Our lives are made up of multiple social systems: families, marriages, work, businesses, corporations, churches, friendship circles, clubs. Like the natural world, these are all ecosystems where everything is inter-related and therefore everything is impacted by the other.
There was a fascinating and insightful Linkedin article this week that used examples from nature to describe effective ways we humans can live within our social ecosystems (see “4 Bio-Inspired Tips to Create Better Teams” by Tim Brown, CEO of IDEO). Several of his biology illustrations particularly stood out for me as I work with people and groups in guiding them to a more strengths-based way of living and being. Here’s one of them.
Biologists are finding that
“successful organisms tend to collaborate more than compete.”
Birch Trees and Rhododendrons. For example, birch trees and rhododendrons grow close by each other in the woods, not by accident but for specific purpose. “The birch provides shade to the rhododendron, keeping it from drying out. The rhododendron, in turn, provides the birch with defensive molecules that protect it from being eaten by insects. This symbiotic relationship allows both to survive longer.”
A Win-Lose World. It’s amazing how competitive our human social systems so often are. We’ve developed this win-lose paradigm: if I win, someone else has to lose; if someone else wins, that means I automatically lose.
So in this win-lose ecosystem, we end up having to protect ourselves all the time. Our walls are up. Our distrust is high. We’re ready to fight to win. Because at stake is our own survival–there’s only one winner.
Our conversations devolve into arguments where we all try to win. If we don’t, we feel less than; we’ve been bested; we’re losers. So we have to win at all costs.
If a friend gets promoted, we feel like we’ve lost something. If our significant other gets recognition, we feel like we’ve lost, we’re diminished. If someone else’s child gets into the best school and our’s doesn’t, we’ve lost, they’ve won. We’re less than, they’re more.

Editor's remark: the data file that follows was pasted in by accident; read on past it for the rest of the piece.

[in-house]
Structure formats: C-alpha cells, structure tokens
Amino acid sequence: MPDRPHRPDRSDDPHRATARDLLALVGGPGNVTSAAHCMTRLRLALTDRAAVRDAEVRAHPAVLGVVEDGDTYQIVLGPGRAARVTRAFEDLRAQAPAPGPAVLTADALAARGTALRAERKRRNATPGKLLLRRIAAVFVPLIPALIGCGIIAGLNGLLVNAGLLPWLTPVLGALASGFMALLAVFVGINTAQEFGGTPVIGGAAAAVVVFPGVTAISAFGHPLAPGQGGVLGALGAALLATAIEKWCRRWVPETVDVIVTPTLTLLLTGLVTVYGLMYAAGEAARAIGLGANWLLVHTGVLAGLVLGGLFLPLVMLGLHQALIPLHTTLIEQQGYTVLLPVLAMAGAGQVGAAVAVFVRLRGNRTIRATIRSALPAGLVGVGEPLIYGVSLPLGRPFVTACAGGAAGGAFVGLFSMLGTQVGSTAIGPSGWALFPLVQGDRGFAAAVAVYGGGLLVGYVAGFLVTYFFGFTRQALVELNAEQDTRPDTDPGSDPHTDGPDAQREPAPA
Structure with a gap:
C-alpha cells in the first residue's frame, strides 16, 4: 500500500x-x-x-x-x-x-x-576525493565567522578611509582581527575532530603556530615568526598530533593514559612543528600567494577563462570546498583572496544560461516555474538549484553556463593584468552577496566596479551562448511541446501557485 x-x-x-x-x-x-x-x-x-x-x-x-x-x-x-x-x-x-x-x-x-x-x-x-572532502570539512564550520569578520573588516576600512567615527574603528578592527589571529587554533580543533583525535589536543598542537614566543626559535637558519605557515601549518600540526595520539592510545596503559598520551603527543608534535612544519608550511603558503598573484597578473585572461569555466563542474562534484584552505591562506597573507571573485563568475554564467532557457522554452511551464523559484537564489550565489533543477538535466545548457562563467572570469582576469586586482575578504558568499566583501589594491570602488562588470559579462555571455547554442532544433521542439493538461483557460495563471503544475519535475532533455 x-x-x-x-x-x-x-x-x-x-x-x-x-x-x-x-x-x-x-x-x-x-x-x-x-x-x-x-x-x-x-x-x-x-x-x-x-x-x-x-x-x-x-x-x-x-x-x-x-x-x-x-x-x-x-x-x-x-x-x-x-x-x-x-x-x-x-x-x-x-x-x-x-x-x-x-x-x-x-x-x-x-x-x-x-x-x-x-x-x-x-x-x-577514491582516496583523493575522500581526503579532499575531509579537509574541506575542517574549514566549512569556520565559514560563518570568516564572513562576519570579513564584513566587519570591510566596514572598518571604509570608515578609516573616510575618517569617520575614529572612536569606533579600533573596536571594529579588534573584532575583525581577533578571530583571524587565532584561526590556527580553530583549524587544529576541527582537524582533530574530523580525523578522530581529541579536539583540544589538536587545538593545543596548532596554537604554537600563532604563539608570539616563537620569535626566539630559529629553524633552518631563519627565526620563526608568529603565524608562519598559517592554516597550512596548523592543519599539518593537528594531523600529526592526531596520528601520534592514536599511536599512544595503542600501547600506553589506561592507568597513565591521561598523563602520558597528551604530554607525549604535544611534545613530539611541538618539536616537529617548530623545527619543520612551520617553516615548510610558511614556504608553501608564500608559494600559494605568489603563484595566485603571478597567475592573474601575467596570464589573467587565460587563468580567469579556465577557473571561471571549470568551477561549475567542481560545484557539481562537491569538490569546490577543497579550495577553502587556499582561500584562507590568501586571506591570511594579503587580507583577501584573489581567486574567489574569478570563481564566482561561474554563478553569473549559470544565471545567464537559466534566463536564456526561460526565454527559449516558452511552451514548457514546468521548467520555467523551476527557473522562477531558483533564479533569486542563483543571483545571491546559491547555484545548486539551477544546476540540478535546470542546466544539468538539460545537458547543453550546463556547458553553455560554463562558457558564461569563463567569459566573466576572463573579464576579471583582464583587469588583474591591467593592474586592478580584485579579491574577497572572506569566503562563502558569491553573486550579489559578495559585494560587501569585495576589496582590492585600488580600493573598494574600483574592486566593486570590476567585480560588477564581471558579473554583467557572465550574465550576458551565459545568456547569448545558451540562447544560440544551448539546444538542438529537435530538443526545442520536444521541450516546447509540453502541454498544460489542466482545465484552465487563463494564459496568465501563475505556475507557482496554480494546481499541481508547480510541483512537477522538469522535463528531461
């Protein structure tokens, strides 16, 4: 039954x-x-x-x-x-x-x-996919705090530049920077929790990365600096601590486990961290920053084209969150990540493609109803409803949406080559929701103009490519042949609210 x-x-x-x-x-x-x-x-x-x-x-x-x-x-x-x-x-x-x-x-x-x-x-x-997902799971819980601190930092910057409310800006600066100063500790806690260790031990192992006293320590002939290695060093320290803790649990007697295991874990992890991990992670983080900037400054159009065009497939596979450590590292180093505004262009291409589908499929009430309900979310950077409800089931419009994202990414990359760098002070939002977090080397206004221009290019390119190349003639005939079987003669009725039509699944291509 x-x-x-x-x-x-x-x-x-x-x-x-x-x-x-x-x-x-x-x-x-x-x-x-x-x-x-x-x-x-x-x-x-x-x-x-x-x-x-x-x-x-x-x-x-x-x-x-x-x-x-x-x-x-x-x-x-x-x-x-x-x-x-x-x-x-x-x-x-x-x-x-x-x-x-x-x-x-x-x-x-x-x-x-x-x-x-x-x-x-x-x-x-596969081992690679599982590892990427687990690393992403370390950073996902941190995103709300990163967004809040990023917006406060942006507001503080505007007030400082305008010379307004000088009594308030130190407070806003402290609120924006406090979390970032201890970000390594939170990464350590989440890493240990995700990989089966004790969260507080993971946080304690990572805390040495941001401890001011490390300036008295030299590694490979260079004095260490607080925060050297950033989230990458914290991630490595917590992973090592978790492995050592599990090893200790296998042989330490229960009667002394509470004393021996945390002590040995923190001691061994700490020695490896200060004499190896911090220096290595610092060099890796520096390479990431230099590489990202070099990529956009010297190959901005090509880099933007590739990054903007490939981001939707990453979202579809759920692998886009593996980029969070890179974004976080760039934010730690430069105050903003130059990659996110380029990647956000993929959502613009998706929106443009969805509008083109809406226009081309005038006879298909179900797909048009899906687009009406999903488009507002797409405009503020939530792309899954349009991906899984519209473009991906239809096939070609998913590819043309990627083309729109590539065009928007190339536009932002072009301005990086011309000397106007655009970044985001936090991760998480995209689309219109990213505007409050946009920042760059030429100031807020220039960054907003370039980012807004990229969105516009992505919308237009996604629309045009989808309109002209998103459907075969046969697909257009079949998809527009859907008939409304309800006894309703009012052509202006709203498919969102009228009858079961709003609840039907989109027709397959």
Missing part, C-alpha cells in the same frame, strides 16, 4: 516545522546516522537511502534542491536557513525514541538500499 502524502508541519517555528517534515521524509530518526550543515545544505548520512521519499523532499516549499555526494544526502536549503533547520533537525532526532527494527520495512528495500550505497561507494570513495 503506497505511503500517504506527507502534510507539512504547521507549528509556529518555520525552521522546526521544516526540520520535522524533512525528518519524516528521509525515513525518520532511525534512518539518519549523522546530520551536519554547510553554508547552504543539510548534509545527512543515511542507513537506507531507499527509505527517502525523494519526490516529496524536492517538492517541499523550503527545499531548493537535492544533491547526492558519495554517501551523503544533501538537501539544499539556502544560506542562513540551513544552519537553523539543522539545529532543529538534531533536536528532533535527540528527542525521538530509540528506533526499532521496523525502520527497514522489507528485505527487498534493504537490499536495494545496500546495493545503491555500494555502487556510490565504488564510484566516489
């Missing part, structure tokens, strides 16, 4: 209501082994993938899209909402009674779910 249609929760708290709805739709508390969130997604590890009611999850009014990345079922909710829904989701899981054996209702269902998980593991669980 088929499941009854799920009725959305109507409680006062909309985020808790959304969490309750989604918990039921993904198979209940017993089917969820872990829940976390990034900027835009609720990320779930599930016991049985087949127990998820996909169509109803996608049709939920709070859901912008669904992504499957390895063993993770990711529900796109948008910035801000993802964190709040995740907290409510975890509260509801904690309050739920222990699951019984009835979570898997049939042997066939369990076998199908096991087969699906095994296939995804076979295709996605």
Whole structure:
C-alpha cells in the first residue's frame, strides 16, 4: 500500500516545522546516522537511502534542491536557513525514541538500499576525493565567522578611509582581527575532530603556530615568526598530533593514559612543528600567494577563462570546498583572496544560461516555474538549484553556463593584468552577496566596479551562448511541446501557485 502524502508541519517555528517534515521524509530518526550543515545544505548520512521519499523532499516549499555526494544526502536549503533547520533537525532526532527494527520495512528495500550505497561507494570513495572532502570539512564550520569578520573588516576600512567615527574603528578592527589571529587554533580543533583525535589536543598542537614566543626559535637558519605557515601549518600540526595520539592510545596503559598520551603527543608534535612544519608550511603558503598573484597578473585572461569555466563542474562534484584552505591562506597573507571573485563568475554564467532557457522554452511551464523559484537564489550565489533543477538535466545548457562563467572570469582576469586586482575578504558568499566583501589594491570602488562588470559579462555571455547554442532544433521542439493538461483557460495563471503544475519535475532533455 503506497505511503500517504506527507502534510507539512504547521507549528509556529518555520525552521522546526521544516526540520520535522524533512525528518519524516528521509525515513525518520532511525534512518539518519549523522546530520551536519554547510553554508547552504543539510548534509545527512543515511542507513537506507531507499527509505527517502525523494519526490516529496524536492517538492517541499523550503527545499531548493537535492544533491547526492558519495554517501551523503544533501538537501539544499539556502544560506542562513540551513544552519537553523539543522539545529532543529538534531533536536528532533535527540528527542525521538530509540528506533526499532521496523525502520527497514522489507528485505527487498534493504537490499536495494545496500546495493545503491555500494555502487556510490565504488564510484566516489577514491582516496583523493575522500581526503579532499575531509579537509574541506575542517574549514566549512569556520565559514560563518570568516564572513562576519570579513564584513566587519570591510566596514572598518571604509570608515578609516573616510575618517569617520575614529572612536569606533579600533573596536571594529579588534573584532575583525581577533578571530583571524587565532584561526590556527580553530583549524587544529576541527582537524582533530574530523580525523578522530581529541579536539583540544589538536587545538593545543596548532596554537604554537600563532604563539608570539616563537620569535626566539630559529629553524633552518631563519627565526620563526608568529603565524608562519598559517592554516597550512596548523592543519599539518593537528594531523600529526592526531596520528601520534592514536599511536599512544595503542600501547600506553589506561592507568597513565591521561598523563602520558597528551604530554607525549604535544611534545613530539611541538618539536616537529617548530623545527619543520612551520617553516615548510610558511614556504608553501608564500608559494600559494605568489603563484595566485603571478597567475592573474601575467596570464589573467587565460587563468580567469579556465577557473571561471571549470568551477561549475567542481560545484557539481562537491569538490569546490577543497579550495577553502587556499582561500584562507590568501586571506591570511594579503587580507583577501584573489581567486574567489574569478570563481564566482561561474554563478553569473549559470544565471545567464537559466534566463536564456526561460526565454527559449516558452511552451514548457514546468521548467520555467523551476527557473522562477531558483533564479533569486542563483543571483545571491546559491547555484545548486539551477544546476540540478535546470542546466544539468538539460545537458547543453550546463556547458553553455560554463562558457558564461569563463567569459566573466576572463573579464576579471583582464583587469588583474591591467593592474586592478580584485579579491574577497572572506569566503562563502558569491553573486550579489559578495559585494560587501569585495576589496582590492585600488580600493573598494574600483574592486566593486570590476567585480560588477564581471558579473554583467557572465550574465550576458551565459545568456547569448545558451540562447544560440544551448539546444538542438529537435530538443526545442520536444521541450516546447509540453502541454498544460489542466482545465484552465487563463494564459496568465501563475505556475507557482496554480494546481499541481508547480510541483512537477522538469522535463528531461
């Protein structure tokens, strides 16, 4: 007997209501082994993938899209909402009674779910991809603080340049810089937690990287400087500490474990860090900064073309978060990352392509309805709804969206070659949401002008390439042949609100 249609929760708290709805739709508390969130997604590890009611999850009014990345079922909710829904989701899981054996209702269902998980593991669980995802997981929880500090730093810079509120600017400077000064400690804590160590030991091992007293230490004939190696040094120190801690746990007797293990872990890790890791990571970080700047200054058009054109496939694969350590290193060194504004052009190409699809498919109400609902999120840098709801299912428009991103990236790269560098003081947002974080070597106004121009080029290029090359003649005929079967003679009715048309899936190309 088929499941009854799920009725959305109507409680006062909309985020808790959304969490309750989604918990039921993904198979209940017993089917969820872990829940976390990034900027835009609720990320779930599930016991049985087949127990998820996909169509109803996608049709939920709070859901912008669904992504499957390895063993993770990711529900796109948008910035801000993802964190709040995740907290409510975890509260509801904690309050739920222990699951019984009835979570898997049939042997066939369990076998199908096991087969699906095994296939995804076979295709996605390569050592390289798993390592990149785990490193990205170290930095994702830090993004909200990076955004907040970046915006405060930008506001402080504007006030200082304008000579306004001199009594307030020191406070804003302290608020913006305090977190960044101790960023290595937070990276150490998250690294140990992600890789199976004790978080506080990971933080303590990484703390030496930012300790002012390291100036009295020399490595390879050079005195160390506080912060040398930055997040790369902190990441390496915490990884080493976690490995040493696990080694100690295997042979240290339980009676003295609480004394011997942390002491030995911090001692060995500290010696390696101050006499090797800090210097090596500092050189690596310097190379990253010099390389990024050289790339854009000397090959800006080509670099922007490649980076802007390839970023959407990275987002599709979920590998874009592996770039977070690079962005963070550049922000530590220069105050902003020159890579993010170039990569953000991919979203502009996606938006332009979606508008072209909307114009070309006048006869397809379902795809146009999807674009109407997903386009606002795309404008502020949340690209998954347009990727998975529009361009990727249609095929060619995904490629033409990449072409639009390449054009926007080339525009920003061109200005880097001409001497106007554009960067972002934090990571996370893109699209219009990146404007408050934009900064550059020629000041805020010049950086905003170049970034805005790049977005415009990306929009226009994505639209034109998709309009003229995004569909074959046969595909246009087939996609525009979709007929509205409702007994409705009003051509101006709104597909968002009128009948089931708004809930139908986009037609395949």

A Win-Win World. But imagine if we could live within our social ecosystems like the birch trees and the rhododendrons–in collaboration where there’s a win-win belief and goal and worldview; where we come to each other bringing our best strengths to the system; where we each are contributing our best to each other; where we each embrace and trust the best from each other; where we stay with it long enough to work at developing a win-win outcome, refusing to take the win-lose easy way out.
A Strengths-based Approach. Imagine collaborative marriage relationships where each situation, need, and goal is approached via both spouse’s top strengths. When a problem is being addressed, you ask your spouse for a “10 minute consult” where he/she uses his/her specific strengths (one or several that you might not have) in order to help bring effective resolution. Rather than competing, you collaborate; where you approach the relationship and experience mutually instead of hierarchically. Imagine that.
Imagine developing your specific roles based upon your strengths profile, whether in a marriage, family, work team, congregation; where everyone is asked, encouraged, validated, and affirmed to show up with their best; where people spend more time and energy focusing on strengths instead of weaknesses and deficiencies; where whatever gaps might exist in the relationship, they are overcome with each person leveraging his/her strengths together to effectively overwhelm the gap.
The genius of a strengths-based approach to life is that it’s based upon the truth that no one of us is omnicompetent. We as individuals simply cannot do everything. We need others if we desire to truly be effective. We need everyone in our social systems to contribute their best strengths so that all together we can be as strong as possible. That’s what creates a win-win.
Collaboration is a prerequisite for healthy ecosystems!
So are you living with a win-win or win-lose belief system? Which lens do you tend to look at your life situations through? Who do you need to collaborate more with from a place of mutual strengths in order to live more effectively?
If you or someone you know in your organization is looking for keynote speakers or workshop teachers for events in your company, congregation, or association gatherings, I would be happy to come speak on this theme or others like it. Feel free to email me at email@example.com.